38 The fifteenth-century manuscript copy New York, Pierpont Morgan Library, MS M.396 (Pm) does indeed transmit the song in only two parts.

39 Cerquiglini, , “Un engin si soutil”, pp. 2332 proposes a typology of insertions of lyrics into narrative. Her first type is that which works by collage, using refrains and incipits from lyrics by other authors which are incorporated in a fragmentary way into the narrative. For musical balades, although it is the insertion into another lyric frame of other lyric fragments, it remains the use of incipits and refrains which enable the reader's ‘plaisir de la reconnaissance, plaisir de classe, comme souligne Jean Renart, “que vilains nel porroit savoir”’ (p. 28).

40 See Brownlee, K., ‘Authorial Self-Representation and Literary Models in the Roman de Fauvel’ in Bent, M. and Wathey, A. (eds), Fauvel Studies: Allegory, Chronicle, Music, and Image in Paris, Bibliothèque Nationale de France, MS français 146 (Oxford, 1998), pp. 73103 for a discussion of the use of the Rose as a model for authorial self-naming at the mid-point of a text. See also a similar argument about the mid-point as a site of musical citation in Bent, M., ‘Polyphony of Texts and Music in the Fourteenth-Century Motet: Tribum que non abhorruit / Quoniam secta latronum / Merito hec patimur and Its “Quotations”’, in Pesce, Dolores (ed.), Hearing the Motet: Essays on the Motet of the Middle Ages and Renaissance (New York and Oxford, 1997), pp. 82103.

41 Nevertheless, my own suspicions about Se je ne suy's use of B22 as a model were initially awakened by the textual links. The quotation of an incipit text is usually significant in this repertoire. Once the text had directed my attention to the music I found the putative link more than adequately confirmed.

42 Brownlee, K., ‘Literary Intertextualities in 14th-Century French Song’, in Musik als Text: Bericht über den Internationalen Kongreβ der Gesellschaft für Musikforschung Freiburg im Breisgau 1993 (Kassel, 1998), pp. 295–9, at p. 295.

43 Arlt, W., ‘Einführung’ in Musik als Text, pp. 287–90, at p. 287.

44 See S. Huot, From Song to Book.

45 The work of Jacques Boogaart has shown that the Machaut motets are peppered with quotations from trouvère poets (see Boogaart, J., ‘Love's Unstable Balance’. Muziek & Wetenschap, 3 (1993), pp. 133). Whilst many refrains are known and catalogued from the thirteenth century, the song repertory in the fourteenth century is yet to be fully investigated in this regard; Machaut's songs have turned up textual and text–music quotations (see the notes to Nen fait nen dit (B11) and Pour ce que tous (B12) respectively in Earp, Guillaume de Machaut for a summary). The refrain of Esperance (B13), long suspected to be a quotation, is found in Rondeau 139 from Oxford, Bodleian Library, MS Douce 308.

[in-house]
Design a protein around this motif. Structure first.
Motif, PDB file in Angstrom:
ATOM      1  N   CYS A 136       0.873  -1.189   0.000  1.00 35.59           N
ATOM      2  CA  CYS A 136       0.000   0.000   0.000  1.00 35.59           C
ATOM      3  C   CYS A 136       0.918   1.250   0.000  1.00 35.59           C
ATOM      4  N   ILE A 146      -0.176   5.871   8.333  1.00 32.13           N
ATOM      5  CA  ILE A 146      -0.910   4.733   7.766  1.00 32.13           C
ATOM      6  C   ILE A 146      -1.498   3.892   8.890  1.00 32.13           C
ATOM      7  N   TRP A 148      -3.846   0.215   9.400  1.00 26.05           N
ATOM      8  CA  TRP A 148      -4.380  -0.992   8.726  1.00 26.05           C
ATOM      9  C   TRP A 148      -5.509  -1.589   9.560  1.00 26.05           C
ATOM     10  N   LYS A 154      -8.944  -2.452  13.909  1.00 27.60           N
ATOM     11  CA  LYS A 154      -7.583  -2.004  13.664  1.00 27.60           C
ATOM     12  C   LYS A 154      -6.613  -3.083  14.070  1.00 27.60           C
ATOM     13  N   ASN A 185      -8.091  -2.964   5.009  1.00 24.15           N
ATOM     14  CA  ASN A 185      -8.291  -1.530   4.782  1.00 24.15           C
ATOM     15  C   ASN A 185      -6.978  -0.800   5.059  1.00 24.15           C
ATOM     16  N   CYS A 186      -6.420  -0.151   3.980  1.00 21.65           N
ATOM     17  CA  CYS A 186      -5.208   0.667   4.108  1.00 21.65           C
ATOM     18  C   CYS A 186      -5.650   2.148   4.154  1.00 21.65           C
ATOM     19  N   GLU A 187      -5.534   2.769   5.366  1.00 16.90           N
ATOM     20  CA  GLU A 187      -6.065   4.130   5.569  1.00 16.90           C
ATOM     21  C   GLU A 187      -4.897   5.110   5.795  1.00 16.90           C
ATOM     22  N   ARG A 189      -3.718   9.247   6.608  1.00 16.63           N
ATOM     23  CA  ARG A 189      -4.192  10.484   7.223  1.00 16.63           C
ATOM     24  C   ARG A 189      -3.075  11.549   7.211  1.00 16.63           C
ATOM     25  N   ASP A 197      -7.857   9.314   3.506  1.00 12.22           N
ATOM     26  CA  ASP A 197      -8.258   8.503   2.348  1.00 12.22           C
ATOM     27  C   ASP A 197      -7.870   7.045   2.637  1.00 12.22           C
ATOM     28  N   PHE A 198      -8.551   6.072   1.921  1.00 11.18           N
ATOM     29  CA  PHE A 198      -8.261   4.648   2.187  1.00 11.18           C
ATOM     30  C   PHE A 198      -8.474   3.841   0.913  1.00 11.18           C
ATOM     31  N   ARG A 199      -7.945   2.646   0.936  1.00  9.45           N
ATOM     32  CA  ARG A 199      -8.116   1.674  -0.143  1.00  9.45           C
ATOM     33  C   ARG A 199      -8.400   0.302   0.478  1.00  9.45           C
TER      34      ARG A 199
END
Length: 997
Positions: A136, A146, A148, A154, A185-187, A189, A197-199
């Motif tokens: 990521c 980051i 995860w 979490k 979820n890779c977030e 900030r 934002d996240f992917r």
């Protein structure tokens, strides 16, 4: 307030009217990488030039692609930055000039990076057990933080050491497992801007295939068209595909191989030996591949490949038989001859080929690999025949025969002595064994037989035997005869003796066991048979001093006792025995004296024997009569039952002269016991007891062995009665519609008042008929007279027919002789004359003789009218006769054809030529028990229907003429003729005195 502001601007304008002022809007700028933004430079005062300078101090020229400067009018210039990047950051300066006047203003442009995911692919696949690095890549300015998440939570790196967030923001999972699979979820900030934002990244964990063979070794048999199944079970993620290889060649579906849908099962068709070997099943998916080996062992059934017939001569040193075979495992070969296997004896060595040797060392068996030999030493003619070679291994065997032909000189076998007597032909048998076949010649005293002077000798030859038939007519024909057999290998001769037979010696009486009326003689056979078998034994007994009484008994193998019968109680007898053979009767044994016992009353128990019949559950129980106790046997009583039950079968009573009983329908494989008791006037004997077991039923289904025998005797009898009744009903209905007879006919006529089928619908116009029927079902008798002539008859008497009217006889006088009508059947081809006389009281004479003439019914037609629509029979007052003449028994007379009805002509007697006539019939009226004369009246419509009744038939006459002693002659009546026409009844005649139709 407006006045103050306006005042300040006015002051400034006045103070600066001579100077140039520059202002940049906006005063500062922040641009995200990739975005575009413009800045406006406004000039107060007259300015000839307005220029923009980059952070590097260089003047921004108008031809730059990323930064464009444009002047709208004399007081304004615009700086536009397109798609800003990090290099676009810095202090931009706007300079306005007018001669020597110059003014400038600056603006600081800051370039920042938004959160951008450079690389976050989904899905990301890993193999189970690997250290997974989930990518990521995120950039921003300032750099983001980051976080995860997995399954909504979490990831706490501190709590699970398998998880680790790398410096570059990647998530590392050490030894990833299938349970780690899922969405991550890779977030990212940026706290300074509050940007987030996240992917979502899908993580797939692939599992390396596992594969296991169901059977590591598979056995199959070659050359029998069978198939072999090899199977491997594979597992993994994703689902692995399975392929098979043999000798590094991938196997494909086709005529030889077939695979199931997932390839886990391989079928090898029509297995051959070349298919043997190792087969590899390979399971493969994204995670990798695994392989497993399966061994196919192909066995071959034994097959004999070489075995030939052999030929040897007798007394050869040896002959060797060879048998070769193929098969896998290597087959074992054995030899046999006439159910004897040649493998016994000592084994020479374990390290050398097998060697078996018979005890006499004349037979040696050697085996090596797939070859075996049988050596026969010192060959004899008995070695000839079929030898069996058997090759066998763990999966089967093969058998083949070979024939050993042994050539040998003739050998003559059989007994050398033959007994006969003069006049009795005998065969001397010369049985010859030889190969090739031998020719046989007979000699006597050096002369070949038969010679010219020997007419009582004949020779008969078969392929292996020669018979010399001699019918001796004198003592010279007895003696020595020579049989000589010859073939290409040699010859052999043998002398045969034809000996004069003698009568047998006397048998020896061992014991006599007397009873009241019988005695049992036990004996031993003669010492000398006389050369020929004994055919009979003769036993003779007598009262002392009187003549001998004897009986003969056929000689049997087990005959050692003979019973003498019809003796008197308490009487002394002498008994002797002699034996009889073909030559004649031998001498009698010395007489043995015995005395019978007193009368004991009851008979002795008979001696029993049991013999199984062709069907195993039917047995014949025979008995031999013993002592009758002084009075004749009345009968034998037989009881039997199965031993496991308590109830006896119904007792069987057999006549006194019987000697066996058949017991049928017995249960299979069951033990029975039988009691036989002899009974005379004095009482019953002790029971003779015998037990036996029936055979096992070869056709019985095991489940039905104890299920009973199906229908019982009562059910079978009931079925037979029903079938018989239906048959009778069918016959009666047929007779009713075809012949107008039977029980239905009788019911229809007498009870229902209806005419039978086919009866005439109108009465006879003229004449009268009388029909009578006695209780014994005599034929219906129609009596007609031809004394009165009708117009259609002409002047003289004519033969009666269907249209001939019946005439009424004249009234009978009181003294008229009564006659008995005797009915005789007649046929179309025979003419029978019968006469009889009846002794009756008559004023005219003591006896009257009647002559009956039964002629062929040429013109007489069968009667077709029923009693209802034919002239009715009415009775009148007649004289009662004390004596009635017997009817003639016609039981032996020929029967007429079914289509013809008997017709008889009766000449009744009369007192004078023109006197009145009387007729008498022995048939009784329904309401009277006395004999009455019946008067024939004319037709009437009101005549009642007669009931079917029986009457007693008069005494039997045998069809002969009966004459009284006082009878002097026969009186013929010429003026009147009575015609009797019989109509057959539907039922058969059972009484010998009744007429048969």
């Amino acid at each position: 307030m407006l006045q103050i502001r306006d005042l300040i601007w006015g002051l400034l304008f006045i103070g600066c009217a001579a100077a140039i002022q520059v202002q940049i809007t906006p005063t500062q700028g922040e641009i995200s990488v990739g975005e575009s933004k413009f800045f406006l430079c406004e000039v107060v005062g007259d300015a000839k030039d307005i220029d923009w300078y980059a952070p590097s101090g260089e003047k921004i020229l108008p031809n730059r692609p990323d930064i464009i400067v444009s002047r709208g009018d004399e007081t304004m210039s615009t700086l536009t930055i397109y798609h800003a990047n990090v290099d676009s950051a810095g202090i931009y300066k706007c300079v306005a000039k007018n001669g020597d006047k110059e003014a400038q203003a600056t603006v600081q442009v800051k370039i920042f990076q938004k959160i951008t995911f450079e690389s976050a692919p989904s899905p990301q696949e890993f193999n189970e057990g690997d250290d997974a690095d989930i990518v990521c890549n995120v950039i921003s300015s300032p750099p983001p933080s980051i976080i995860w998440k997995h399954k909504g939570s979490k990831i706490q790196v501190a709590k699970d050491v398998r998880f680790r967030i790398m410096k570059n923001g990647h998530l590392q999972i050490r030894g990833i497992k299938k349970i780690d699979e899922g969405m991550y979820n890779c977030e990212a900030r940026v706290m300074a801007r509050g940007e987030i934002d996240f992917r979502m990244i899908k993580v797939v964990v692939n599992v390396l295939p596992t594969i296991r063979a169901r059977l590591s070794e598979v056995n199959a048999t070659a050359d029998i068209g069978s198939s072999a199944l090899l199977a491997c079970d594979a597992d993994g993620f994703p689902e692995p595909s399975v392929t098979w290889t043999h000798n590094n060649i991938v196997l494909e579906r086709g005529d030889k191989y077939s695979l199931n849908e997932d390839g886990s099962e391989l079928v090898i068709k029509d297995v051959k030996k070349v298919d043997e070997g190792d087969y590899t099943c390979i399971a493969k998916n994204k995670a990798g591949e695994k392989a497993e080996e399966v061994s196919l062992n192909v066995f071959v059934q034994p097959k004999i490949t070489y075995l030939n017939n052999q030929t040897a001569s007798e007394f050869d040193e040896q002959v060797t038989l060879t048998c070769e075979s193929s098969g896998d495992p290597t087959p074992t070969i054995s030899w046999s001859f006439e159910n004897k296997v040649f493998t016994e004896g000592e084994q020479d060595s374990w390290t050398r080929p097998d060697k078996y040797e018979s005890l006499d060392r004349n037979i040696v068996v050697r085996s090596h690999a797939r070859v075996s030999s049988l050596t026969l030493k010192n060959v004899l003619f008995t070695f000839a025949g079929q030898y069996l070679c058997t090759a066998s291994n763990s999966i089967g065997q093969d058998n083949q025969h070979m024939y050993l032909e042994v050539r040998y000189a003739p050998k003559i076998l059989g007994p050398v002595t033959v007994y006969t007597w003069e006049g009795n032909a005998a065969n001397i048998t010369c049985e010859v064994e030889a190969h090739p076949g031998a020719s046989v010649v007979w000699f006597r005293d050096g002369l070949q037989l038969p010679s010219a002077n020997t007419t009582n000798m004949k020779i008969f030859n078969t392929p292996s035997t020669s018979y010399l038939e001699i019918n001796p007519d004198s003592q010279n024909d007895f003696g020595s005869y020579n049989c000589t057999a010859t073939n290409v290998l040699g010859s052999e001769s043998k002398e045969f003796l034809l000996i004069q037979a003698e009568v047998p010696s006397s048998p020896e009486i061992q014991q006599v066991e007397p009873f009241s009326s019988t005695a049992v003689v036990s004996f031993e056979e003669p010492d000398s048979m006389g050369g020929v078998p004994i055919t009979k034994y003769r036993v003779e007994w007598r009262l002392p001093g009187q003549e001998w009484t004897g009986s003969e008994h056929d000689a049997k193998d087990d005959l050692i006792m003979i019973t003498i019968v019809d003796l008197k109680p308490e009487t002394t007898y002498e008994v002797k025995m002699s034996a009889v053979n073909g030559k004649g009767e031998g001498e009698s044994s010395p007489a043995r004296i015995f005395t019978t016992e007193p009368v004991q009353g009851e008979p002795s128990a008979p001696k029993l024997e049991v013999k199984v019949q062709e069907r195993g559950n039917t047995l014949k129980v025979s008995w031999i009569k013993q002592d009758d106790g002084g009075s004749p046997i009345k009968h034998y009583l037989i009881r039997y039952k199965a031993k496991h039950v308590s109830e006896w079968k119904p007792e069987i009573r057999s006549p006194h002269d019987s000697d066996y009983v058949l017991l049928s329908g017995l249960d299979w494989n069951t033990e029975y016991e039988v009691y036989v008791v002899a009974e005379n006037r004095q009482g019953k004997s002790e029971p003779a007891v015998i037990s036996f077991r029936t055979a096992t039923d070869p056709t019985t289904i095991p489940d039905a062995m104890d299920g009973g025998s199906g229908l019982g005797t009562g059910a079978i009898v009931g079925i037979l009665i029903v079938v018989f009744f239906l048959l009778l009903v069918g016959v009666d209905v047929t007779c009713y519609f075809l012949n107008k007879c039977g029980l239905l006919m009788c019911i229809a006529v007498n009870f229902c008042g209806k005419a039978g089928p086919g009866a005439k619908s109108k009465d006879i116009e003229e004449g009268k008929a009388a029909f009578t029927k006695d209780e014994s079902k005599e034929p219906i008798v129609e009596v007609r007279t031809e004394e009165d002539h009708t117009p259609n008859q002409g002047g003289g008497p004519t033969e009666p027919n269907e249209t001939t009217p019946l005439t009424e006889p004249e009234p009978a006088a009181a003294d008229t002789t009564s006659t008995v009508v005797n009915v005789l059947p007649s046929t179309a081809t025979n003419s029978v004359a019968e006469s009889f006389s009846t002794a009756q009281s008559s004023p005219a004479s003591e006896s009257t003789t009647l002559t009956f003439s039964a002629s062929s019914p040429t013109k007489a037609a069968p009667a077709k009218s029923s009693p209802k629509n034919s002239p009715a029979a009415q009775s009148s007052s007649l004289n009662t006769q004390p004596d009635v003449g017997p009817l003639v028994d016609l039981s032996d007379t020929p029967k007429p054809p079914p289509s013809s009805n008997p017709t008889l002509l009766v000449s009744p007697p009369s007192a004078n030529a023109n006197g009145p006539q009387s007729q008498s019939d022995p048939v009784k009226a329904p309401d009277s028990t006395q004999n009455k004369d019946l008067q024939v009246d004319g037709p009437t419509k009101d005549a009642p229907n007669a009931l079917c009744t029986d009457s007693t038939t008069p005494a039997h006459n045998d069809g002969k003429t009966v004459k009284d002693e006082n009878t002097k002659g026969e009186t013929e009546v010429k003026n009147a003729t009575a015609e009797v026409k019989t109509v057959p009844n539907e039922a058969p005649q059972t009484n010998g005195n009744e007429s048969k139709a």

46 PR's contratenor for B22 lacks figure z at the very opening although the figure still pervades the balade as a whole, especially in the cantus refrain.

47 Rankin, S., ‘Observations on Senleches' “En attendant esperance”’, in Musik als Text, pp. 314–18, at p. 318.

48 For recent examples treating related fourteenth-century songs see Arlt, W., ‘Machaut, Senleches and der anonyme Liedsatz “Esperance qui en mon cuer s'embat”’, in Musik als Text, pp. 300310; S. Rankin, ‘Observations on Senleches' “En attendant esperance”’, Ibid., pp. 314–18; L. Welker, ‘Weitere Beobachtungen zu “Esperance”’, Ibid., pp. 319–21; idem, ‘“Soit tart tempre” und seine Familie’, Ibid., pp. 322–34; C. Berger, ‘Modus und Intertextualität’, Ibid., pp. 335–6; and Plumley, Y., ‘Citation and Allusion in the Late Ars nova: The Case of Esperance and the En attendant Songs’, Early Music History, 18 (1999), pp. 287363.

* A shorter version of the first half of this essay was read at the Sixteenth Congress of the International Musicological Society (London, 1997). I should like to thank Margaret Bent, Bonnie Blackburn, Kevin Brownlee, Terence Cave, Charles Heppleston, Stephen Lovell and Anne Stone for valuable help at various stages of this essay's protracted genesis.